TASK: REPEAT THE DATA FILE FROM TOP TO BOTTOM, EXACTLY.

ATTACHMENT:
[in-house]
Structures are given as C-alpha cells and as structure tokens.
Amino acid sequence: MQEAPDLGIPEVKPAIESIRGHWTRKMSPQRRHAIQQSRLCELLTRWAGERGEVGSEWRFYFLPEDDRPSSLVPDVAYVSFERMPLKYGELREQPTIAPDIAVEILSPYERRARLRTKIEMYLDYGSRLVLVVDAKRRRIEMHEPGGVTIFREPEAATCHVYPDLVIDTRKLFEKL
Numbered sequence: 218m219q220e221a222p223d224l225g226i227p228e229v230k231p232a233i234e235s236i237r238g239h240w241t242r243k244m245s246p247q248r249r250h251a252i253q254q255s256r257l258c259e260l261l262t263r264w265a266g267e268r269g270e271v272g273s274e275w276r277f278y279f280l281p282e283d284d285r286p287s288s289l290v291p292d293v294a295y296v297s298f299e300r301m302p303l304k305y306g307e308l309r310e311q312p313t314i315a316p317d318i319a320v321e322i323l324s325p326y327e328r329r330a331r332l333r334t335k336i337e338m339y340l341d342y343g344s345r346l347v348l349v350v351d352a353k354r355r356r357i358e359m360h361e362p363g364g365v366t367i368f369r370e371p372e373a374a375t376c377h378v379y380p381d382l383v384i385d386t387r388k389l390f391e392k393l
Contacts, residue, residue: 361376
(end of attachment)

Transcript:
[in-house]
Structures are given as C-alpha cells and as structure tokens.
Amino acid sequence: MQEAPDLGIPEVKPAIESIRGHWTRKMSPQRRHAIQQSRLCELLTRWAGERGEVGSEWRFYFLPEDDRPSSLVPDVAYVSFERMPLKYGELREQPTIAPDIAVEILSPYERRARLRTKIEMYLDYGSRLVLVVDAKRRRIEMHEPGGVTIFREPEAATCHVYPDLVIDTRKLFEKL
Numbered sequence: 218m219q220e221a222p223d224l225g226i227p228e229v230k231p232a233i234e235s236i237r238g239h240w241t242r243k244m245s246p247q248r249r250h251a252i253q254q255s256r257l258c259e260l261l262t263r264w265a266g267e268r269g270e271v272g273s274e275w276r277f278y279f280l281p282e283d284d285r286p287s288s289l290v291p292d293v294a295y296v297s298f299e300r301m302p303l304k305y306g307e308l309r310e311q312p313t314i315a316p317d318i319a320v321e322i323l324s325p326y327e328r329r330a331r332l333r334t335k336i337e338m339y340l341d342y343g344s345r346l347v348l349v350v351d352a353k354r355r356r357i358e359m360h361e362p363g364g365v366t367i368f369r370e371p372e373a374a375t376c377h378v379y380p381d382l383v384i385d386t387r388k389l390f391e392k393l
Contacts, residue, residue: 361376